Within recent years the search for metabolic defects responsible for mental retardation has been greatly intensified. Not only have several new inborn errors of metabolism associated with cerebral malfunction been described,1-7 but it has also been possible to detect atypical clinical pictures of previously well-characterized diseases, such as phenylketonuria.8
One factor responsible for this impetus is the increasingly widespread use of paper chromatography as part of the diagnostic armamentarium of the pediatric neurologist. This procedure demands little in terms of time, space, and cost of operation, and offers a method of analysis for a wide diversity of chemical substances. As a consequence, many clinicians have turned to paper chromatography as a means of detecting abnormal metabolites or abnormal quantities of normal intermediary metabolic products.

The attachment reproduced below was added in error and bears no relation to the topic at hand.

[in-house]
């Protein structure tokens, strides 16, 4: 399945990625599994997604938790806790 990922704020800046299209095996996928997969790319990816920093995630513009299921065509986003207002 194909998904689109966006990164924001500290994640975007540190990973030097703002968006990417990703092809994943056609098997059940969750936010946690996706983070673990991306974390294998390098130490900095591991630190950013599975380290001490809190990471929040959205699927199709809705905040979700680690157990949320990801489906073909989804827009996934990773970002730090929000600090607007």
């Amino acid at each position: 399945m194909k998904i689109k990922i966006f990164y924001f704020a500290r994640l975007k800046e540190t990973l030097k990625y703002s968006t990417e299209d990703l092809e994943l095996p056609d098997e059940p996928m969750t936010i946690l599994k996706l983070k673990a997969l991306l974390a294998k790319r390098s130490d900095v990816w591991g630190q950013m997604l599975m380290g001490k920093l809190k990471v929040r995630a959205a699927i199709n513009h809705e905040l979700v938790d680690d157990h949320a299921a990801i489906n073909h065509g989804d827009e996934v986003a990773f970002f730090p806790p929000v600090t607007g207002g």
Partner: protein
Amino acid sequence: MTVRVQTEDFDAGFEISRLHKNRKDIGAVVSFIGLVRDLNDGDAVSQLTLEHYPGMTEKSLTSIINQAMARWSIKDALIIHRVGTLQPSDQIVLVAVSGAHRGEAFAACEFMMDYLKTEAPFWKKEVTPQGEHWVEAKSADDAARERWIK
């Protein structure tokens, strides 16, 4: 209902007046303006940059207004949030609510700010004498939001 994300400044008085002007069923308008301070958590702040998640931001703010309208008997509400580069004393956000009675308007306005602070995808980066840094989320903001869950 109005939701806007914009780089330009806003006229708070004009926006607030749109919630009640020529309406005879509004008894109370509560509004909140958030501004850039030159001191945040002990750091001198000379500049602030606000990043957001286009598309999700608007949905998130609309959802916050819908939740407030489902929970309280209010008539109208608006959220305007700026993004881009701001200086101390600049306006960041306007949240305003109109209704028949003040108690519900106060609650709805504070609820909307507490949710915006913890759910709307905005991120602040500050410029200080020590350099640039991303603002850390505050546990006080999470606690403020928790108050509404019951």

For the past 3 years, one of us (J.H.M.) has been screening children suffering from a variety of neurological diseases for possible metabolic defects.
MENKES JH, RICHARDSON F, VERPLANCK S. Program for the Detection of Metabolic Diseases: Chromatographic Screening to Find Metabolic Diseases, Especially Those Involving the Nervous System. Arch Neurol. 1962;6(6):462–470. doi:10.1001/archneur.1962.00450240040005
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